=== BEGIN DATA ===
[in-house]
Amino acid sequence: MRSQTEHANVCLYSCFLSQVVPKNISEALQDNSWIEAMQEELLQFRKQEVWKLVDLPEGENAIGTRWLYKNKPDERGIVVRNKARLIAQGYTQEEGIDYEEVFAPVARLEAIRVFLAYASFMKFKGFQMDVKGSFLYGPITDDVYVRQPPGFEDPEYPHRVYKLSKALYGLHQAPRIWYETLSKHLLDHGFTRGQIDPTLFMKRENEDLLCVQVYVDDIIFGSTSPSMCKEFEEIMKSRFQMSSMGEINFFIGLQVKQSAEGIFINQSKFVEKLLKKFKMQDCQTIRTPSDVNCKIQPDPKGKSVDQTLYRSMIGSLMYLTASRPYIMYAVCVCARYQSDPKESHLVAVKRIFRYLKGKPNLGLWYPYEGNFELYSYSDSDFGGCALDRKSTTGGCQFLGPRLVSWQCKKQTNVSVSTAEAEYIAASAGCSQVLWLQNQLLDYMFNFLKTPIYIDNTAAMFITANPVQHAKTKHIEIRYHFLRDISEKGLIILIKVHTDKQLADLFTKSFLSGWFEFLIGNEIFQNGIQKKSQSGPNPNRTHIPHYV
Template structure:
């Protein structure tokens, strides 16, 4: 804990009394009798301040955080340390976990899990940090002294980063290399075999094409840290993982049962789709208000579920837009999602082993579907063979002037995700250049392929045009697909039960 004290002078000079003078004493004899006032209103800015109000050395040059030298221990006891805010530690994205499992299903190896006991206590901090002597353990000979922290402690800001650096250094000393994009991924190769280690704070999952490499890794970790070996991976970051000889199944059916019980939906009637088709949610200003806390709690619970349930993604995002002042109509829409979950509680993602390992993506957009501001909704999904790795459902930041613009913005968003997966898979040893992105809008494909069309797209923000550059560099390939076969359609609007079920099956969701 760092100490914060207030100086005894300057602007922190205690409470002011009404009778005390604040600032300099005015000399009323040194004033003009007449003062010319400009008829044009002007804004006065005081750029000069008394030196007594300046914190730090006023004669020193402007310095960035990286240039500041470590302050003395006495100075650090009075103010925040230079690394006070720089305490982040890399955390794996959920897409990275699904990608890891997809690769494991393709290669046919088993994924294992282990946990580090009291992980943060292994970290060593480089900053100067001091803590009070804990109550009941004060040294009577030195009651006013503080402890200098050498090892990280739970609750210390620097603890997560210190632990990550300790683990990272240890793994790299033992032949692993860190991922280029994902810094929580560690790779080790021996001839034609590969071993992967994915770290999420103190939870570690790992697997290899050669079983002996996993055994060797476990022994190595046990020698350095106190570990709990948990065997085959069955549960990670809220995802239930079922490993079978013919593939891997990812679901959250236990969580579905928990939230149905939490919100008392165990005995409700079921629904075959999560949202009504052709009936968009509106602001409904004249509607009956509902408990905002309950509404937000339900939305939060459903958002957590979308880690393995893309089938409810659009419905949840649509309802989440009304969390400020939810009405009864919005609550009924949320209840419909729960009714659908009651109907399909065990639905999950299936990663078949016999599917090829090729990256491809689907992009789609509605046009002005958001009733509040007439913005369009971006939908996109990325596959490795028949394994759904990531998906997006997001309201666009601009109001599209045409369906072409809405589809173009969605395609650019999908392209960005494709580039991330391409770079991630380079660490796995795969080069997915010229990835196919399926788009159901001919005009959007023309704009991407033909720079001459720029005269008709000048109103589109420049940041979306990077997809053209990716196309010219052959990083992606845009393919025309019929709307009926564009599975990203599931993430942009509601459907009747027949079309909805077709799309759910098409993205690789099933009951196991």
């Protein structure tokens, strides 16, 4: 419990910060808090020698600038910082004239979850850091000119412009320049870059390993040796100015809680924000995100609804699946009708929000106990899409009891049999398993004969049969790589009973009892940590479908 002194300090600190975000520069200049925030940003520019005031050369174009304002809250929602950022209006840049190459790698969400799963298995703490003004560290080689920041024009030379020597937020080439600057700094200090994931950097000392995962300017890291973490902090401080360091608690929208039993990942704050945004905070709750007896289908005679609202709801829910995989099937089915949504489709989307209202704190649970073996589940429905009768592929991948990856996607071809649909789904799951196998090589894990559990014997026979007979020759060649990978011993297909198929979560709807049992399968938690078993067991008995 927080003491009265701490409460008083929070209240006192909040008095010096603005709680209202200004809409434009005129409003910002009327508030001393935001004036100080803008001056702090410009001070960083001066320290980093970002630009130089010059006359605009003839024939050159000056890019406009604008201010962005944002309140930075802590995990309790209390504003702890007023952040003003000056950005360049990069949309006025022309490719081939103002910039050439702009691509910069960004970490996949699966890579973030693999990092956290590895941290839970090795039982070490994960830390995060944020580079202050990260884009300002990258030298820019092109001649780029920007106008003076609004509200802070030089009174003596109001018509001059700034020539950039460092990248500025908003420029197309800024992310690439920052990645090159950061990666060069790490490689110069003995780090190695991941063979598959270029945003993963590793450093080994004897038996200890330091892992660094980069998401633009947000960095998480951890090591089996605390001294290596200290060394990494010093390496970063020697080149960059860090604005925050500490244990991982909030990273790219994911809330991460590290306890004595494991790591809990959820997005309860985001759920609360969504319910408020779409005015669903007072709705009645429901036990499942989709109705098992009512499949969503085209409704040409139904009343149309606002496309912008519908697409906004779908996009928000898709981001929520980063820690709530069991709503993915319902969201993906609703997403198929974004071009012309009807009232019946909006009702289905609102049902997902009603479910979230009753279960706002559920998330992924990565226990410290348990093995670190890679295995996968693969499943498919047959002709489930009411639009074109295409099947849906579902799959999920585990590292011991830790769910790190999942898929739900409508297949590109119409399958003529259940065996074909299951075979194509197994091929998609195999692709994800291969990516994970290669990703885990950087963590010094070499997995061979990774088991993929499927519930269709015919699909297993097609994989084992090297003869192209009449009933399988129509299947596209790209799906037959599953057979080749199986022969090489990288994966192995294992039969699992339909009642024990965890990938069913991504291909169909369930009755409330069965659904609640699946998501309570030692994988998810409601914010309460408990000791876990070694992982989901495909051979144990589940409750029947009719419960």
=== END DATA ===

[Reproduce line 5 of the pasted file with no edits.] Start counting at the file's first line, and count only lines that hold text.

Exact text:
């Protein structure tokens, strides 16, 4: 419990910060808090020698600038910082004239979850850091000119412009320049870059390993040796100015809680924000995100609804699946009708929000106990899409009891049999398993004969049969790589009973009892940590479908 002194300090600190975000520069200049925030940003520019005031050369174009304002809250929602950022209006840049190459790698969400799963298995703490003004560290080689920041024009030379020597937020080439600057700094200090994931950097000392995962300017890291973490902090401080360091608690929208039993990942704050945004905070709750007896289908005679609202709801829910995989099937089915949504489709989307209202704190649970073996589940429905009768592929991948990856996607071809649909789904799951196998090589894990559990014997026979007979020759060649990978011993297909198929979560709807049992399968938690078993067991008995 927080003491009265701490409460008083929070209240006192909040008095010096603005709680209202200004809409434009005129409003910002009327508030001393935001004036100080803008001056702090410009001070960083001066320290980093970002630009130089010059006359605009003839024939050159000056890019406009604008201010962005944002309140930075802590995990309790209390504003702890007023952040003003000056950005360049990069949309006025022309490719081939103002910039050439702009691509910069960004970490996949699966890579973030693999990092956290590895941290839970090795039982070490994960830390995060944020580079202050990260884009300002990258030298820019092109001649780029920007106008003076609004509200802070030089009174003596109001018509001059700034020539950039460092990248500025908003420029197309800024992310690439920052990645090159950061990666060069790490490689110069003995780090190695991941063979598959270029945003993963590793450093080994004897038996200890330091892992660094980069998401633009947000960095998480951890090591089996605390001294290596200290060394990494010093390496970063020697080149960059860090604005925050500490244990991982909030990273790219994911809330991460590290306890004595494991790591809990959820997005309860985001759920609360969504319910408020779409005015669903007072709705009645429901036990499942989709109705098992009512499949969503085209409704040409139904009343149309606002496309912008519908697409906004779908996009928000898709981001929520980063820690709530069991709503993915319902969201993906609703997403198929974004071009012309009807009232019946909006009702289905609102049902997902009603479910979230009753279960706002559920998330992924990565226990410290348990093995670190890679295995996968693969499943498919047959002709489930009411639009074109295409099947849906579902799959999920585990590292011991830790769910790190999942898929739900409508297949590109119409399958003529259940065996074909299951075979194509197994091929998609195999692709994800291969990516994970290669990703885990950087963590010094070499997995061979990774088991993929499927519930269709015919699909297993097609994989084992090297003869192209009449009933399988129509299947596209790209799906037959599953057979080749199986022969090489990288994966192995294992039969699992339909009642024990965890990938069913991504291909169909369930009755409330069965659904609640699946998501309570030692994988998810409601914010309460408990000791876990070694992982989901495909051979144990589940409750029947009719419960």